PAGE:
You'll start by reviewing the conflicting values in your chart on page 4.

  1. What is an activity that you will never do?

  2. See how this activity challenges your core values?

  3. Now, identify your 'worlds' and see where your core values come into play in each of these worlds for your self-perspective?

  4. How do these get challenged in your worlds?

  5. Looking at your lowest priority value, discuss why you think this is?

  6. Now, set up a flow chart, showing how you respond when your core values are challenged. Can you adjust this flow chart to ensure you respond positively moving forward and openly, understanding the values of the other person(s)?

#SC2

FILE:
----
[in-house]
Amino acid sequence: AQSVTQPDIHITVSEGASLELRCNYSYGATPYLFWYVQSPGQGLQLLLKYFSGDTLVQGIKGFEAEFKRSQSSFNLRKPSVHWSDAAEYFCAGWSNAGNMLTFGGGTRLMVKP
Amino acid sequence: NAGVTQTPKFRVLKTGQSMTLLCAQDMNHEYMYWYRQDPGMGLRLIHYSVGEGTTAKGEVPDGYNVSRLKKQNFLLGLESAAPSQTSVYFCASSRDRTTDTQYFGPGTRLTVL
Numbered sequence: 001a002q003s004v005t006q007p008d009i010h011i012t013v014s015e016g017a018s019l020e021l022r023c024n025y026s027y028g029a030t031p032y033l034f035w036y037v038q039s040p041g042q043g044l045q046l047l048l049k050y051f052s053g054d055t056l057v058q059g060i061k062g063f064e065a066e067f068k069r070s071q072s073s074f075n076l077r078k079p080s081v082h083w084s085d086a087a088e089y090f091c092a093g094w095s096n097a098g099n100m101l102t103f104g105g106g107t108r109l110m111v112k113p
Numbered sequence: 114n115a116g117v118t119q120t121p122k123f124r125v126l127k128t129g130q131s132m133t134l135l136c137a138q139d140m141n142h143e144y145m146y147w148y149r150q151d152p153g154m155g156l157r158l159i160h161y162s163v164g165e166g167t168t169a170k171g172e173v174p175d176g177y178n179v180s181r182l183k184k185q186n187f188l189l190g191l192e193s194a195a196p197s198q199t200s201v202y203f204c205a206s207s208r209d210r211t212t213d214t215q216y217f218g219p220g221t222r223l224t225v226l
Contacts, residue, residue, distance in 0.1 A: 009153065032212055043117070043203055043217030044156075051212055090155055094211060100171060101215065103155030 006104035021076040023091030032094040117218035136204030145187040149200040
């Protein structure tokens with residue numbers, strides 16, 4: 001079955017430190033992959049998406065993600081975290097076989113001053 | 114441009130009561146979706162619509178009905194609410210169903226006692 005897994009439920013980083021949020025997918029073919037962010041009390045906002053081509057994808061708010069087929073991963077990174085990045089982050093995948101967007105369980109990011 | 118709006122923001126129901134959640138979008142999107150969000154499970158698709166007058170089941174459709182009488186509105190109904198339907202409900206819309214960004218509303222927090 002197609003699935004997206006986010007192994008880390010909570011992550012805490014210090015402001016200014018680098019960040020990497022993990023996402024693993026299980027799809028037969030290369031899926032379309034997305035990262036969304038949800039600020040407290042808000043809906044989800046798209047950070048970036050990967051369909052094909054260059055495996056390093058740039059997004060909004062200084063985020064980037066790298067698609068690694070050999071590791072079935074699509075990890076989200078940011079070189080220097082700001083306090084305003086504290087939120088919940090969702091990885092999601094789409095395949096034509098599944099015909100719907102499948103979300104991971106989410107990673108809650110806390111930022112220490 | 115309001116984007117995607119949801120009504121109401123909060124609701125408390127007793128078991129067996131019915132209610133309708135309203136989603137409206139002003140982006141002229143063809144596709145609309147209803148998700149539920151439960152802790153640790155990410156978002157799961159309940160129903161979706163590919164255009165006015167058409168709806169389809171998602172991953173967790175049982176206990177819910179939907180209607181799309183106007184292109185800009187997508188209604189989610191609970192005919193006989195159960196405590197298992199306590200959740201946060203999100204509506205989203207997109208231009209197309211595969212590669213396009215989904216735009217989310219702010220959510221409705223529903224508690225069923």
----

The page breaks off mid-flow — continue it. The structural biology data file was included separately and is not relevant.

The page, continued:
#SC3

Illustrating my VAlues

Your “Personal Values” determine what is important to you in different situations of your life. The way they develop depends on your subjective worldview and are inextricably linked to your emotions. Personal values differ in their relative importance to each other and can serve as guiding principles for the actions you decide to take. On the other hand, “Core Values” are your most important personal values.

To the left is a tree that was painted using cotton buds and a small make-up sponge. When I heard I was going to paint a tree,  I was resentful and didn't see any benefit of this exercise. However, I never realised how fondly I would reflect on this exercise.  This is your experiment for the week. Using whatever utensils you have at your disposal (pen, pencil, crayon, paint, cotton bods/paint brush/skewers/sponges and some form of blank paper) you are going to illustrate a tree and see where you want to place your values along the tree roots.